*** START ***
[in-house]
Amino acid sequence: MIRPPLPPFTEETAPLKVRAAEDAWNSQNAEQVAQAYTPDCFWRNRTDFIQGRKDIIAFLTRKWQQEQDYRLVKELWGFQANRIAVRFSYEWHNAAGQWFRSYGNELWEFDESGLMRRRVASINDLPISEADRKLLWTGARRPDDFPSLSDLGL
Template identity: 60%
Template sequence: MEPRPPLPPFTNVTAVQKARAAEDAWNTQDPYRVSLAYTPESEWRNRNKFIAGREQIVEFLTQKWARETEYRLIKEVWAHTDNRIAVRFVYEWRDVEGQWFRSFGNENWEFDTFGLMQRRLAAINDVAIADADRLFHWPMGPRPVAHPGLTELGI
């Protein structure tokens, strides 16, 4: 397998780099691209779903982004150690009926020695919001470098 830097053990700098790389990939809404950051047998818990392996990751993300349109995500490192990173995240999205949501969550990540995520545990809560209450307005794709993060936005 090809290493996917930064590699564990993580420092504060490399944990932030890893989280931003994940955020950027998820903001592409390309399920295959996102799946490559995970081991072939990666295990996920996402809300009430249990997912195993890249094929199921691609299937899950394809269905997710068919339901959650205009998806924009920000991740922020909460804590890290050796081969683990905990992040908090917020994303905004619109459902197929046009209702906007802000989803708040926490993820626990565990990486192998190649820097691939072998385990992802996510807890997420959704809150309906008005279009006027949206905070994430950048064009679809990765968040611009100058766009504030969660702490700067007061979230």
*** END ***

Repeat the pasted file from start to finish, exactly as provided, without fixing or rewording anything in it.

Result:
[in-house]
Amino acid sequence: MIRPPLPPFTEETAPLKVRAAEDAWNSQNAEQVAQAYTPDCFWRNRTDFIQGRKDIIAFLTRKWQQEQDYRLVKELWGFQANRIAVRFSYEWHNAAGQWFRSYGNELWEFDESGLMRRRVASINDLPISEADRKLLWTGARRPDDFPSLSDLGL
Template identity: 60%
Template sequence: MEPRPPLPPFTNVTAVQKARAAEDAWNTQDPYRVSLAYTPESEWRNRNKFIAGREQIVEFLTQKWARETEYRLIKEVWAHTDNRIAVRFVYEWRDVEGQWFRSFGNENWEFDTFGLMQRRLAAINDVAIADADRLFHWPMGPRPVAHPGLTELGI
């Protein structure tokens, strides 16, 4: 397998780099691209779903982004150690009926020695919001470098 830097053990700098790389990939809404950051047998818990392996990751993300349109995500490192990173995240999205949501969550990540995520545990809560209450307005794709993060936005 090809290493996917930064590699564990993580420092504060490399944990932030890893989280931003994940955020950027998820903001592409390309399920295959996102799946490559995970081991072939990666295990996920996402809300009430249990997912195993890249094929199921691609299937899950394809269905997710068919339901959650205009998806924009920000991740922020909460804590890290050796081969683990905990992040908090917020994303905004619109459902197929046009209702906007802000989803708040926490993820626990565990990486192998190649820097691939072998385990992802996510807890997420959704809150309906008005279009006027949206905070994430950048064009679809990765968040611009100058766009504030969660702490700067007061979230």